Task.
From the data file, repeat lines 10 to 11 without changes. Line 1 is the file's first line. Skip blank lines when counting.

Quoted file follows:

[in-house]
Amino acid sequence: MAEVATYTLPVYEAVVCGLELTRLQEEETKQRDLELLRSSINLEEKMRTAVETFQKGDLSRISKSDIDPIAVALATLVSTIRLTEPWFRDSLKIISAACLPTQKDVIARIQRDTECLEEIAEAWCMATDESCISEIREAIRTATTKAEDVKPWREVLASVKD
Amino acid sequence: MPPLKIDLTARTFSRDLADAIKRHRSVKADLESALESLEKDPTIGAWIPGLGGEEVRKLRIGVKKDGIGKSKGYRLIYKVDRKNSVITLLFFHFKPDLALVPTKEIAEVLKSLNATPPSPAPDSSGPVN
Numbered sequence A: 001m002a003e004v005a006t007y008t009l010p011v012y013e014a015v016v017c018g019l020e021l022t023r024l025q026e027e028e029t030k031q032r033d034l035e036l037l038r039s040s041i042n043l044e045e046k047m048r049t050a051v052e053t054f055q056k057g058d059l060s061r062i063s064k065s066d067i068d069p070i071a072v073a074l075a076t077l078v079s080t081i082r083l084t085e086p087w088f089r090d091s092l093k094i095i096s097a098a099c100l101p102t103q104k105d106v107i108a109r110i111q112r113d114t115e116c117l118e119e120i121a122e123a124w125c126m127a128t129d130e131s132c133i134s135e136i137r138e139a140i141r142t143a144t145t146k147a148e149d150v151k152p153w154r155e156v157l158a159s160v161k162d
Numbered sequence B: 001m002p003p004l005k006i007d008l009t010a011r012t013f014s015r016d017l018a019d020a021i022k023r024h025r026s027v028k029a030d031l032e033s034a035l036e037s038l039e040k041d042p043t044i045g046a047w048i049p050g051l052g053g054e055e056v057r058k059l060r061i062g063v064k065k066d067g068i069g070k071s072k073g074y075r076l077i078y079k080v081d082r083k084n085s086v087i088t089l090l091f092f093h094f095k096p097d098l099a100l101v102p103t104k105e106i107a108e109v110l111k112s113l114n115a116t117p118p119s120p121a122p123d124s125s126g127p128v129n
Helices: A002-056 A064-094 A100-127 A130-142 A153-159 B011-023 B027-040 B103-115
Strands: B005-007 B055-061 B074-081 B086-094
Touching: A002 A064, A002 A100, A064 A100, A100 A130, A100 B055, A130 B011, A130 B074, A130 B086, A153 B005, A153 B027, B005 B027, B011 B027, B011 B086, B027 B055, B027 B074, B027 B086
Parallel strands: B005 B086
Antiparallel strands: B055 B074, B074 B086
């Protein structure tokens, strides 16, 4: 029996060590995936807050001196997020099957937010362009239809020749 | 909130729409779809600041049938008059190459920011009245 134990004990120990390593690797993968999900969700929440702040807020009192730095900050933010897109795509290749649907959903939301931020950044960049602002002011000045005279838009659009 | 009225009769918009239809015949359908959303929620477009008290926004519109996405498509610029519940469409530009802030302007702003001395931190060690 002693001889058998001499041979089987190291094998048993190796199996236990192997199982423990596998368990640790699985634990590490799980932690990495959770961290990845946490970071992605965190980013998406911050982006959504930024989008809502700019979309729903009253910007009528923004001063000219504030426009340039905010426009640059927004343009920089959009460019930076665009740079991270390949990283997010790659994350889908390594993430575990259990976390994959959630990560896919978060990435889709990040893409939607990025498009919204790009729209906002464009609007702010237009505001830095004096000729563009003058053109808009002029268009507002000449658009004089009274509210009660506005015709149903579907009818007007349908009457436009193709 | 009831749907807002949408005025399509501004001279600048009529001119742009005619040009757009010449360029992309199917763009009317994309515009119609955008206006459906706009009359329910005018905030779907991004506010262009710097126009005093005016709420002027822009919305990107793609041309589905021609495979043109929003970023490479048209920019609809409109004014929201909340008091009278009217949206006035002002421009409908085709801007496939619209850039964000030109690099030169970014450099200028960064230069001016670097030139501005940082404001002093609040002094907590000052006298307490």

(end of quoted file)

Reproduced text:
Antiparallel strands: B055 B074, B074 B086
């Protein structure tokens, strides 16, 4: 029996060590995936807050001196997020099957937010362009239809020749 | 909130729409779809600041049938008059190459920011009245 134990004990120990390593690797993968999900969700929440702040807020009192730095900050933010897109795509290749649907959903939301931020950044960049602002002011000045005279838009659009 | 009225009769918009239809015949359908959303929620477009008290926004519109996405498509610029519940469409530009802030302007702003001395931190060690 002693001889058998001499041979089987190291094998048993190796199996236990192997199982423990596998368990640790699985634990590490799980932690990495959770961290990845946490970071992605965190980013998406911050982006959504930024989008809502700019979309729903009253910007009528923004001063000219504030426009340039905010426009640059927004343009920089959009460019930076665009740079991270390949990283997010790659994350889908390594993430575990259990976390994959959630990560896919978060990435889709990040893409939607990025498009919204790009729209906002464009609007702010237009505001830095004096000729563009003058053109808009002029268009507002000449658009004089009274509210009660506005015709149903579907009818007007349908009457436009193709 | 009831749907807002949408005025399509501004001279600048009529001119742009005619040009757009010449360029992309199917763009009317994309515009119609955008206006459906706009009359329910005018905030779907991004506010262009710097126009005093005016709420002027822009919305990107793609041309589905021609495979043109929003970023490479048209920019609809409109004014929201909340008091009278009217949206006035002002421009409908085709801007496939619209850039964000030109690099030169970014450099200028960064230069001016670097030139501005940082404001002093609040002094907590000052006298307490």